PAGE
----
The site chosen was a former cornfield cleared by the Hackensack Indians on the "heights" and was referred to as "the new village on the maizeland." It was surveyed by Jacques Cortelyou and given the name "Bergen," the Dutch word for hill. It may have come from the capital of Norway or from Bergen op Zoom in Holland, eighteen miles north of Antwerp. (Cortelyou also surveyed the Town of New Utrecht, now part of Brooklyn, NY, and Cortelyou Road in Brooklyn is named after him.) Settlers built homes on lots within the fort and established farms outside the fort, creating a defensive zone against the Indians. The location of the town was favorable for settlers in other sections of present-day New Jersey to reach in the event of future hostilities. The palisade was dismantled by the Dutch with the cessation of Indian hostilities.

In 1661, Stuyvesant granted Bergen limited powers of self-government and a Court of Inferior Justice. Bergen may also claim the state's first established congregation, the Dutch Reformed Church/ Old Bergen Church, and the first elementary school; Englebert Steenhuysen, the church clerk, became the school's first schoolmaster in 1662.

After the English took over the colony of New Netherland in 1664, a charter granted by Governor Philip Carteret recognized Bergen Township. It allowed for the continuation of the Dutch-founded church and free school. On April 7, 1668, Carteret and his council of East New Jersey renamed the site "The Towne and Corporation of Bergen" that extended west to the Hackensack River. After the English took over New Netherland in 1664, Bergen County was established to include Bergen and Hackensack townships with the county seat at Bergen Square until 1714, when it was removed to Hackensack until the formation of Hudson County in 1840.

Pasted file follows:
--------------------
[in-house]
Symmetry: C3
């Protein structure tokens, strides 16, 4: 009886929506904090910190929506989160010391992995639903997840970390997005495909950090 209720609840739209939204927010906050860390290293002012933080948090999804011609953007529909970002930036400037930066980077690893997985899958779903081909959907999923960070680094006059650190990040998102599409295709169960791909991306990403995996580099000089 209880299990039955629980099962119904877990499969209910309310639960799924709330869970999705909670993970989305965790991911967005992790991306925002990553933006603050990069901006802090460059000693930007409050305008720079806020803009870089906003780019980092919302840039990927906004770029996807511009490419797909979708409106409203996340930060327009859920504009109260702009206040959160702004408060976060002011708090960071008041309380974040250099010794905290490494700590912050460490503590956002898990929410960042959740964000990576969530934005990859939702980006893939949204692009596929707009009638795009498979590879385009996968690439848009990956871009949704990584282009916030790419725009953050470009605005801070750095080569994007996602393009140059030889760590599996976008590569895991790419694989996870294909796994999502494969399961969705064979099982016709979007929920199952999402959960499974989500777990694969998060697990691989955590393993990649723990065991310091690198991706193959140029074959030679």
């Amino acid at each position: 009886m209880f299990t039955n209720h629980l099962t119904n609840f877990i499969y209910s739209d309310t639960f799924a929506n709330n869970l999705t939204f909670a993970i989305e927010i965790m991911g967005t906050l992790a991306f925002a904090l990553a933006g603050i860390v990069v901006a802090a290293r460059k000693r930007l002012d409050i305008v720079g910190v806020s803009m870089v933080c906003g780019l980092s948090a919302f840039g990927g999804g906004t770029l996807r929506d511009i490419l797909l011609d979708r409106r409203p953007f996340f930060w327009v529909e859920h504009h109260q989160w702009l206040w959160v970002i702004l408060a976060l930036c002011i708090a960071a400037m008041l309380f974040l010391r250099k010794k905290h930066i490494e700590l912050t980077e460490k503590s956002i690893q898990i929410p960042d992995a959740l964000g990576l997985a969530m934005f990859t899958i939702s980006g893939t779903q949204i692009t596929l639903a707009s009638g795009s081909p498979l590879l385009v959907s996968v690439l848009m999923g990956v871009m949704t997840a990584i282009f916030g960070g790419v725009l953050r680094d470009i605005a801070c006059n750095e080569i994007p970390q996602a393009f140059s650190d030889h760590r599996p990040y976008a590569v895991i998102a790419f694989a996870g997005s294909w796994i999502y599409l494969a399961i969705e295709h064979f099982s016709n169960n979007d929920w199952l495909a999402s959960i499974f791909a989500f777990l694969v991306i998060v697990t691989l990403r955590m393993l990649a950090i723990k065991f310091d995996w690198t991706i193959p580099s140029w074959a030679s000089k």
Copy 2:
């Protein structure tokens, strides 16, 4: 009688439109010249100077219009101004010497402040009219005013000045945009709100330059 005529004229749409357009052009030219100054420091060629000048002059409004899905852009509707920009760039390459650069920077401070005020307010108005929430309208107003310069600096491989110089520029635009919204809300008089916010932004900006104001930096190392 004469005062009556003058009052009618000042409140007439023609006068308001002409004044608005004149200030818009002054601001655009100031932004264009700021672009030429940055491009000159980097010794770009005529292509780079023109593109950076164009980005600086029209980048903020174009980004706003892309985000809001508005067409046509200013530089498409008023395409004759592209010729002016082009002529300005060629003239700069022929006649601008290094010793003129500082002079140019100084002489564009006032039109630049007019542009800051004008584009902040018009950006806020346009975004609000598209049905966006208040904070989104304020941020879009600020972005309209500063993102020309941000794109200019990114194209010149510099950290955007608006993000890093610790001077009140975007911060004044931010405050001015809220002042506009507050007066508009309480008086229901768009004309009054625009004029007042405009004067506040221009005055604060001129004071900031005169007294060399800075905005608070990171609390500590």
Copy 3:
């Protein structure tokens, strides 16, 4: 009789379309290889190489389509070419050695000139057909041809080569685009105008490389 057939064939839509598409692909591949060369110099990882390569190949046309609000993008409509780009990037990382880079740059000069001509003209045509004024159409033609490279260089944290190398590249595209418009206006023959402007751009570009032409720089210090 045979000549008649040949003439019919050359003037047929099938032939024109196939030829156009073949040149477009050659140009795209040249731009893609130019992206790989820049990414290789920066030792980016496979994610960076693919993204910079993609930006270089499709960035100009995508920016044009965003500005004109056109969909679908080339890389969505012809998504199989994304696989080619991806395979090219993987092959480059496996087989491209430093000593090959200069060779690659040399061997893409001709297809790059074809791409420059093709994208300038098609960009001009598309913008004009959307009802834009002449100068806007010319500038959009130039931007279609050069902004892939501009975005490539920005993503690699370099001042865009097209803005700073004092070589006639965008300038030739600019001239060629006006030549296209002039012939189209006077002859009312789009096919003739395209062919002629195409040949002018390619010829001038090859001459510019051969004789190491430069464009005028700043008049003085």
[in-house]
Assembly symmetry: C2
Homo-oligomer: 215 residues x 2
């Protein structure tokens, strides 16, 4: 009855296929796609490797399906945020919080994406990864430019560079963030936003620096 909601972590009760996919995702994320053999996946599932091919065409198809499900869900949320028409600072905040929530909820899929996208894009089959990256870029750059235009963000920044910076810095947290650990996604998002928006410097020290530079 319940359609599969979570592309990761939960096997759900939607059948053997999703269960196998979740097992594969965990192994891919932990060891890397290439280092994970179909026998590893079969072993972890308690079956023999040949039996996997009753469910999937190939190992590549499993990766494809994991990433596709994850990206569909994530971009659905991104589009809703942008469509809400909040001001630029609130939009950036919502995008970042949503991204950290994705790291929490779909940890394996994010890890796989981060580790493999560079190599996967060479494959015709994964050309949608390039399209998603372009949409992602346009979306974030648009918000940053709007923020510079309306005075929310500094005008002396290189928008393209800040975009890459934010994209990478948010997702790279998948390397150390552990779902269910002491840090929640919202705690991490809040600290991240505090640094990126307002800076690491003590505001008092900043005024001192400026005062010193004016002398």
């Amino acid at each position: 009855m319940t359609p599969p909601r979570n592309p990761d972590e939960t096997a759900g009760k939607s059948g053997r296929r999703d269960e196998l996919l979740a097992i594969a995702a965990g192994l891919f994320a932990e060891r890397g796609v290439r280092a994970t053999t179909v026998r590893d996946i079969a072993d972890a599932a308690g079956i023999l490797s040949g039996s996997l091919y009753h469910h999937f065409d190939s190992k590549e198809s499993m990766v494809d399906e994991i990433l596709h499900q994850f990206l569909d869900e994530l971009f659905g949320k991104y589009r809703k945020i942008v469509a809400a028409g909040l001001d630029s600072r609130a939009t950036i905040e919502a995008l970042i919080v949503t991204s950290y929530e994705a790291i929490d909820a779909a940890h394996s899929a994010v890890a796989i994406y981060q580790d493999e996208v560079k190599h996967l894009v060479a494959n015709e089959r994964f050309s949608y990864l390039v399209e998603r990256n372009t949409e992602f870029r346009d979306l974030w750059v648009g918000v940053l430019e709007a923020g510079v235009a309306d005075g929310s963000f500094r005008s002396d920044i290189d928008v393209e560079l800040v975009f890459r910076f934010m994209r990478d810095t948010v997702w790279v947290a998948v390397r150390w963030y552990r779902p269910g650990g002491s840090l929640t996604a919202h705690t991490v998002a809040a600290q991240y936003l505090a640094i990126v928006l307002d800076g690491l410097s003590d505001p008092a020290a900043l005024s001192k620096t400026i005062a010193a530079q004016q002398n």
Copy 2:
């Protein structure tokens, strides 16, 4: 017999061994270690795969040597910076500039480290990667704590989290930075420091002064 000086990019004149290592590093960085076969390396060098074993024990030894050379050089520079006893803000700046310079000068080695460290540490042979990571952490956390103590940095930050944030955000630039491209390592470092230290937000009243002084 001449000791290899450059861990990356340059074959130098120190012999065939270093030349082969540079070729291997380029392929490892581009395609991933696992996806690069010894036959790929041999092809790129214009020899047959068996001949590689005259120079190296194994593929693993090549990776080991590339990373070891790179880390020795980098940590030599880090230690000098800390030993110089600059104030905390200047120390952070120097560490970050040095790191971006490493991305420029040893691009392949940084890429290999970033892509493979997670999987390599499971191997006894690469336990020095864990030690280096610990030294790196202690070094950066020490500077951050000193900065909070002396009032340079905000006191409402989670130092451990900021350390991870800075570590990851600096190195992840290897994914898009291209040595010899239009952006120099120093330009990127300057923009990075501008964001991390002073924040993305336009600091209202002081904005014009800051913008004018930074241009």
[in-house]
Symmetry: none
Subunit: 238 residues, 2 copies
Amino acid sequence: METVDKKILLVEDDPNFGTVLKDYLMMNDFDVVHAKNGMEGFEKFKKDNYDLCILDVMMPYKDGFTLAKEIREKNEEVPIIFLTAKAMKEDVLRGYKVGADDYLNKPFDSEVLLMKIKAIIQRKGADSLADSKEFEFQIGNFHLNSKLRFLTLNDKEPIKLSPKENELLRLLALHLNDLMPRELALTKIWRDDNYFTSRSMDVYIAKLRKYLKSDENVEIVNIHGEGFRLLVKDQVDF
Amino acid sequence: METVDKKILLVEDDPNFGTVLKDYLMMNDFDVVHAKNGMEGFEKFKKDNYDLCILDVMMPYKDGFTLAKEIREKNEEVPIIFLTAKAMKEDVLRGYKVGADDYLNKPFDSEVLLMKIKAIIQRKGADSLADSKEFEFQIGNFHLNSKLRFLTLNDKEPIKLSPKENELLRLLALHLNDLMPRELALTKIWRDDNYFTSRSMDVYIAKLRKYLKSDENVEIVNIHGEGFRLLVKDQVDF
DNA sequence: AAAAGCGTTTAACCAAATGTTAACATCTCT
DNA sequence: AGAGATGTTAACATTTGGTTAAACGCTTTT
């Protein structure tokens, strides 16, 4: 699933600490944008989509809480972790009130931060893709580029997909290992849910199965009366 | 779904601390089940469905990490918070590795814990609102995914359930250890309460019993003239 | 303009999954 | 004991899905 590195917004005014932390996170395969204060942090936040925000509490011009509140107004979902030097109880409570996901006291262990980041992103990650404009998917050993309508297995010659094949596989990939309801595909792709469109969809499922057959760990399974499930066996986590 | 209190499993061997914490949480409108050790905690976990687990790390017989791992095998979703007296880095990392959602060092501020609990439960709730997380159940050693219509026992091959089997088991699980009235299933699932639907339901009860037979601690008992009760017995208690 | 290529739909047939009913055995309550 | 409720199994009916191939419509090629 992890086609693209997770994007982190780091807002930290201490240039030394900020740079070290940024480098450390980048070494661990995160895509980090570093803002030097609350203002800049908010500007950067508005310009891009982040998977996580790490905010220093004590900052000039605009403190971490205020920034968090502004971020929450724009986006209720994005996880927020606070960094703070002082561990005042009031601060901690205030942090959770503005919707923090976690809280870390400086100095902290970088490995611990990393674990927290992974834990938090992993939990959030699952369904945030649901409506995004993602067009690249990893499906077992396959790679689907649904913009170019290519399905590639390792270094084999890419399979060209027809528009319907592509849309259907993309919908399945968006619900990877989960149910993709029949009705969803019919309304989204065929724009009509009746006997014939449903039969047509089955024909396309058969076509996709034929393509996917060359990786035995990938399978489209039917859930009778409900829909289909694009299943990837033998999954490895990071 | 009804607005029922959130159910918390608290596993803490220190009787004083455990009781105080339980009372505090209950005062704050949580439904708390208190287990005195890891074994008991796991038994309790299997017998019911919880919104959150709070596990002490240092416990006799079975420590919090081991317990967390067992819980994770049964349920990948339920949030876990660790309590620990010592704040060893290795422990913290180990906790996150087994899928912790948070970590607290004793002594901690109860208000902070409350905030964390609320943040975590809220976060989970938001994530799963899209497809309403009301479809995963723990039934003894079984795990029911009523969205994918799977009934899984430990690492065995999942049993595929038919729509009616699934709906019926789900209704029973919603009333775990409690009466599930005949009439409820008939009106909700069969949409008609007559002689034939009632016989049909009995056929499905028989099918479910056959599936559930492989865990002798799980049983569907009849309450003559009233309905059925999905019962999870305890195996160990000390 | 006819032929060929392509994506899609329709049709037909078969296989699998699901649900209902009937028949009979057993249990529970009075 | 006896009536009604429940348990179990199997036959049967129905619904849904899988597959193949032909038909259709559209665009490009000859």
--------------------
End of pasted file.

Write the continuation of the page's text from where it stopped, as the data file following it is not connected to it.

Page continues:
Only a handful of landmarks remain to connect contemporary Jersey City with its Dutch origins. These historic sites today include the Apple Tree House, the former Summit House, and the Old Bergen Church and Cemetery. The former village of Bergen is now in the Journal Square area. The name Bergen is retained in Jersey City with the community's Old Bergen Road, Bergen Avenue and Bergen Square.

Bergen Township, which included the former village of Bergen, was founded in October 1693, during the period of English colonization in America. Bergen Township was later part of the incorporation of the City of Jersey City in 1873 and the name was discontinued.

Federal Writers' Project of the Works Progress Administration. New Jersey Guide to Its Present and Past. New York: The Viking Press, 1939.
John Fiske. The Dutch and Quaker Colonies of America. Vol. I. New York: Houghton, Mifflin and Company, 1903.
Harvey, Cornelius B., ed. Genealogical History of Hudson and Bergen Counties, New Jersey. New York: The New Jersey Genealogical Publishing Co., 1900.
La Rosa, William J. "Bergen" in Encyclopedia of New Jersey by Maxine N. Lurie and Marc Mappen, eds. New Brunswick, NJ: Rutgers University Press, 2004.

Lovero, Joan D. Hudson County: The Left Bank. Sun Valley. CA: American Historical Press, 1999.
Winfield, Charles H. History of the County of Hudson, New Jersey. New York: Kennard & Hay Printing Company, 1874.
Year Book of the Holland Society of New York. Vol. II. New York, 1914.


By: Carmela Karnoutsos
Project Administrator: Patrick Shalhoub